Considering the significance boundary was crossed in the study, Tutt et al compared OS at 3 years to OS at 4 years, the rates were 3.8% versus 3.4%, respectively.

In addition to the intention-to-treat (ITT) population, treatment with olaparib appeared to be favored across most subgroups. The exceptions were patients who received adjuvant chemotherapy, those who received prior platinum-based chemotherapy, and patients with HR-positive/HER2-negative disease.

At the second OS analysis, investigators also looked longer follow-up data for iDFS and DFFS. Tutt explained that iDFS events remained lower in the olaparib arm at the second analysis with 134 events compared with 207 events in the placebo arm (stratified HR, 0.63; 95% CI, 0.50-0.78). The majority of the subgroups also had a more favorable iDFS result with olaparib versus placebo, excluding those who received platinum-based chemotherapy, patients with HR-positive/HER2-negative disease, and those with a germline BRCA2 mutation.

DDFS benefit with olaparib was also sustained at the second analysis. There were 107 DDFS events in the olaparib arm compared with 172 in the placebo arm (stratified HR, 0.61; 95% CI, 0.48-0.77). Similar to the other subgroups and the ITT populations, patients who had prior platinum-based chemotherapy, HR-positive/HER2-negative disease, and those with a germline BRCA2 mutation.

The adverse event (AE) profile of olaparib did not change between the first and second analyses. Any-grade AEs were observed in 91.8% of the olaparib arm compared with 83.8% of the placebo arm. AEs of special interest included myelodysplastic syndrome or acute myeloid leukemia, pneumonitis, and new primary malignancy. These AEs of special interest were found in 3.4% of the olaparib arm compared with 5.6% of the placebo arm. Grade 3 or higher AEs occurred in 24.5% of the olaparib arm versus 11.3% of the placebo arm.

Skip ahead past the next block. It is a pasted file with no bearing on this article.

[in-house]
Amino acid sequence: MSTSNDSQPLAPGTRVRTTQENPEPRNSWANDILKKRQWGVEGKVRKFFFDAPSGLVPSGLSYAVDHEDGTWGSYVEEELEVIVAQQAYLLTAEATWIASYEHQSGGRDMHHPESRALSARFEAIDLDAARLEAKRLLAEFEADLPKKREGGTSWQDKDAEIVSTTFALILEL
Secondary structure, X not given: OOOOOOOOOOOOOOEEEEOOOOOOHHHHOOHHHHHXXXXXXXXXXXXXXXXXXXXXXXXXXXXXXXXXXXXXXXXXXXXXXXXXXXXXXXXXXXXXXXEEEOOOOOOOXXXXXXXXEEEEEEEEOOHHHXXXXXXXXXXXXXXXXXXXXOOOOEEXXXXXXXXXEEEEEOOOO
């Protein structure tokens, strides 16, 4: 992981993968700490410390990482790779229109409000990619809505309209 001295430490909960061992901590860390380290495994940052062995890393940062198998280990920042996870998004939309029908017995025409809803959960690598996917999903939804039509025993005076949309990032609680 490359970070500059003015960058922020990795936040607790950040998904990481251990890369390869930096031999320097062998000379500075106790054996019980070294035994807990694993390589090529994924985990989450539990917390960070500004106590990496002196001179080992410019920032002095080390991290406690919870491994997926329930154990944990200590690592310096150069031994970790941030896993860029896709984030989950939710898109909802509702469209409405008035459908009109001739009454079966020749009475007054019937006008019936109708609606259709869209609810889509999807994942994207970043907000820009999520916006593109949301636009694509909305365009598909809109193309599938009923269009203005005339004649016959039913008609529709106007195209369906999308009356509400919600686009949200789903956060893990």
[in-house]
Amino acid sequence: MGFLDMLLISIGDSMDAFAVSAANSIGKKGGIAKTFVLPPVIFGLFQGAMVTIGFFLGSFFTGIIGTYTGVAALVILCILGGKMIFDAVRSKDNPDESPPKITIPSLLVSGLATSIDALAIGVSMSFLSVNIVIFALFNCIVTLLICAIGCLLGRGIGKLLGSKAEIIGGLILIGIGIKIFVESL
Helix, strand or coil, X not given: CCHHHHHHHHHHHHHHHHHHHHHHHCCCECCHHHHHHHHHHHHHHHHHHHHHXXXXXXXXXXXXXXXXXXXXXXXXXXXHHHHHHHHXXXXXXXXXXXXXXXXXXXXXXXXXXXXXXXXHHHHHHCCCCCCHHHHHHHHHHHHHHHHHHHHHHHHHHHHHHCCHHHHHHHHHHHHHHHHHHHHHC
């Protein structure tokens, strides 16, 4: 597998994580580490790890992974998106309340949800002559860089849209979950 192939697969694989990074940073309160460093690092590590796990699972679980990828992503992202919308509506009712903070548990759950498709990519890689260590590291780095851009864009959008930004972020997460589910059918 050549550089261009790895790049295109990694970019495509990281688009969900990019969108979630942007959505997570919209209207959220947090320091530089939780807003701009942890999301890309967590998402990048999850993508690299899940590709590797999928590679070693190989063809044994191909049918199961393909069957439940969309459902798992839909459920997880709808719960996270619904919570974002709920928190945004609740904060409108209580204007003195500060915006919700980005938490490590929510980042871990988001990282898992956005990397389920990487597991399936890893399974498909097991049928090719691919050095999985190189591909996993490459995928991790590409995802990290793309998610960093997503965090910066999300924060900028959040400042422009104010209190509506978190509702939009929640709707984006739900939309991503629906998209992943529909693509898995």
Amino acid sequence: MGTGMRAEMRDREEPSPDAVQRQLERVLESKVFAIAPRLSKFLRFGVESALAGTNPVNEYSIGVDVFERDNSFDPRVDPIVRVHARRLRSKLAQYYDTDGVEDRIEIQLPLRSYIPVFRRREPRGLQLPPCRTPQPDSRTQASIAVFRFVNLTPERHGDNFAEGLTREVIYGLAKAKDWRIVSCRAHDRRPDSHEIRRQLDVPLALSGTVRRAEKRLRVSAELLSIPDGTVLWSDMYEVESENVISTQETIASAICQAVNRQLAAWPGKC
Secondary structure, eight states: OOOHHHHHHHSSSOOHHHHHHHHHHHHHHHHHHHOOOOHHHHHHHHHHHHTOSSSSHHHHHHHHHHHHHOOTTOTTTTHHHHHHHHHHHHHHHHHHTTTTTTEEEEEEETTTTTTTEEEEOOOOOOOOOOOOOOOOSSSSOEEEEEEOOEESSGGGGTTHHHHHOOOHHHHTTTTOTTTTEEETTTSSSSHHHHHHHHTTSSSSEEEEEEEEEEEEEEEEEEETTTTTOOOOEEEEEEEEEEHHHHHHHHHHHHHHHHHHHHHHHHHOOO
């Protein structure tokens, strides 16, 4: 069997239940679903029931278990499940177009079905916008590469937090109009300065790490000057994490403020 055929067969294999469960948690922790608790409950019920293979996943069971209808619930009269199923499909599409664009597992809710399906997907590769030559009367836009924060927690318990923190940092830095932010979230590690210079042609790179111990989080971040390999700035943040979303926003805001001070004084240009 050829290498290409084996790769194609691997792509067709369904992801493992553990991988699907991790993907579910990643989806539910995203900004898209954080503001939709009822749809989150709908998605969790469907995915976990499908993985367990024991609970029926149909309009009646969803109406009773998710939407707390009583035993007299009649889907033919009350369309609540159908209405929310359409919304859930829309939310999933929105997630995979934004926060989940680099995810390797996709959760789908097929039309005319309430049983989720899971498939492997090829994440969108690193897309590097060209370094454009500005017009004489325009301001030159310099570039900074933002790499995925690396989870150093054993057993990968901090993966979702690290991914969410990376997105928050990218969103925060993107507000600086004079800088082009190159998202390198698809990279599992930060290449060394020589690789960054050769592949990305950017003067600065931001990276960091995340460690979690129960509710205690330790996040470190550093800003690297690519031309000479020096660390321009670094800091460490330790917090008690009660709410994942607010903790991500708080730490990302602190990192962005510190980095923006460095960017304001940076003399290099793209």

AEs led to treatment discontinuation in 10.8% of patients who received olaparib versus 4.6% who were given a placebo. Death caused by AEs occurred once in the olaparib arm versus twice in the placebo arm.

The most common AEs of any grade in the olaparib arm versus the placebo arm were nausea (57% vs 24%, respectively) and fatigue (40% vs 27%).

Results from OlympiA underscore the importance of genomic testing, Tutt explained, stating; “Germline BRCA1 and BRCA2 sequencing is an important companion diagnostic for adjuvant treatment decisions in breast cancer. Based on these data, olaparib has just been licensed by the FDA for the adjuvant treatment of adult patients with germline BRCA1/2 mutations and HER2-negative high-risk early breast cancer who have been treated with neoadjuvant or adjuvant chemotherapy.”


Tutt A, Garber J, Gelber RD, et al. Pre-specified event driven analysis of Overall Survival (OS) in the OlympiA phase III trial of adjuvant olaparib (OL) in germline BRCA1/2 mutation (gBRCAm) associated breast cancer. Presented at ESMO Virtual Plenary; March 16, 2022.

Related Videos
Expert on breast cancer
Expert on breast cancer
Expert on breast cancer
Related Content